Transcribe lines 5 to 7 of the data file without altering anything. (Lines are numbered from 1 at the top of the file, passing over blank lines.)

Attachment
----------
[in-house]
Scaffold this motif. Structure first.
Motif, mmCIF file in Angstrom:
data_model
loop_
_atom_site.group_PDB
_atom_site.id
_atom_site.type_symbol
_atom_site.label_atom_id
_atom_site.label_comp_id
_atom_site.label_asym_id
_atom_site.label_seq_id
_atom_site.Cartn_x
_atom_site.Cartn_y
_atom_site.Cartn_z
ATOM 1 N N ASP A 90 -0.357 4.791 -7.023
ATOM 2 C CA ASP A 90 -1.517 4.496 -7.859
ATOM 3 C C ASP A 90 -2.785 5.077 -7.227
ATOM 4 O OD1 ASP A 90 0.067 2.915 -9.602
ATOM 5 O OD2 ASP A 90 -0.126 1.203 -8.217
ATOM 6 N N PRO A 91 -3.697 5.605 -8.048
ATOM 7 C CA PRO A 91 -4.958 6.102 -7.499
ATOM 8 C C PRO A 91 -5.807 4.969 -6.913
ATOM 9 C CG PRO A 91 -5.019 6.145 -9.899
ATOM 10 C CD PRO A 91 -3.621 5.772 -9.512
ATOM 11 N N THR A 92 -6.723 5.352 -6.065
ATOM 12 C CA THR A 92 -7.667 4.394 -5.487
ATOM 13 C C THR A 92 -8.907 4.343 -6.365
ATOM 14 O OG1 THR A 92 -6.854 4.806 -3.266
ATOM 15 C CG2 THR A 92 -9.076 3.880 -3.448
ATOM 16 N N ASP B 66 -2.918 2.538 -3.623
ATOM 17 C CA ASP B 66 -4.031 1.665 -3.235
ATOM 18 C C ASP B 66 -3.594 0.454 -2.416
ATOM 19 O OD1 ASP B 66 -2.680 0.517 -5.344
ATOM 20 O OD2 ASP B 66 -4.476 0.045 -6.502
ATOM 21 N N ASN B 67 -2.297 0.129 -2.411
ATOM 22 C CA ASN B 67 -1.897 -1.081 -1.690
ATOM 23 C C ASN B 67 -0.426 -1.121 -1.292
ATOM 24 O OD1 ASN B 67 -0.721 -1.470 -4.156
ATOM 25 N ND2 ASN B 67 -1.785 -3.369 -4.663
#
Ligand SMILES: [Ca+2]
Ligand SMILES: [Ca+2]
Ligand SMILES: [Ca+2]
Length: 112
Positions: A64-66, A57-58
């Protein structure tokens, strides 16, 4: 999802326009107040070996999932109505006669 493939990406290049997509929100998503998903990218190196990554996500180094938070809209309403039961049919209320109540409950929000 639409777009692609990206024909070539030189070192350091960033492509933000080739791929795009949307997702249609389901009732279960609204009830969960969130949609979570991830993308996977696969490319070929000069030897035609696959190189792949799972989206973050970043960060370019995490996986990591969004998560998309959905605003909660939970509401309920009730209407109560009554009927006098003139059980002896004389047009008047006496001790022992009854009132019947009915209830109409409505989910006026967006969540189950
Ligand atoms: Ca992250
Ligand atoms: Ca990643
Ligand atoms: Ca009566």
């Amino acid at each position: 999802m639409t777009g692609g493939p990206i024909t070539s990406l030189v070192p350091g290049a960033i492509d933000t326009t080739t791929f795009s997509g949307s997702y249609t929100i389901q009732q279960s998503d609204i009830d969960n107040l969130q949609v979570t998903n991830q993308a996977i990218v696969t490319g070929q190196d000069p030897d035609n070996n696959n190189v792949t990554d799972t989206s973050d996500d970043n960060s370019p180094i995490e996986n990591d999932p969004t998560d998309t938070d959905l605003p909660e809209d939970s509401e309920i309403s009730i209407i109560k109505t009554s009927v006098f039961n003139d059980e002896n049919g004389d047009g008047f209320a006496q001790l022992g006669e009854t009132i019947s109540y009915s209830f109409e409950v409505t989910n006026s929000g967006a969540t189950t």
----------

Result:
loop_
_atom_site.group_PDB
_atom_site.id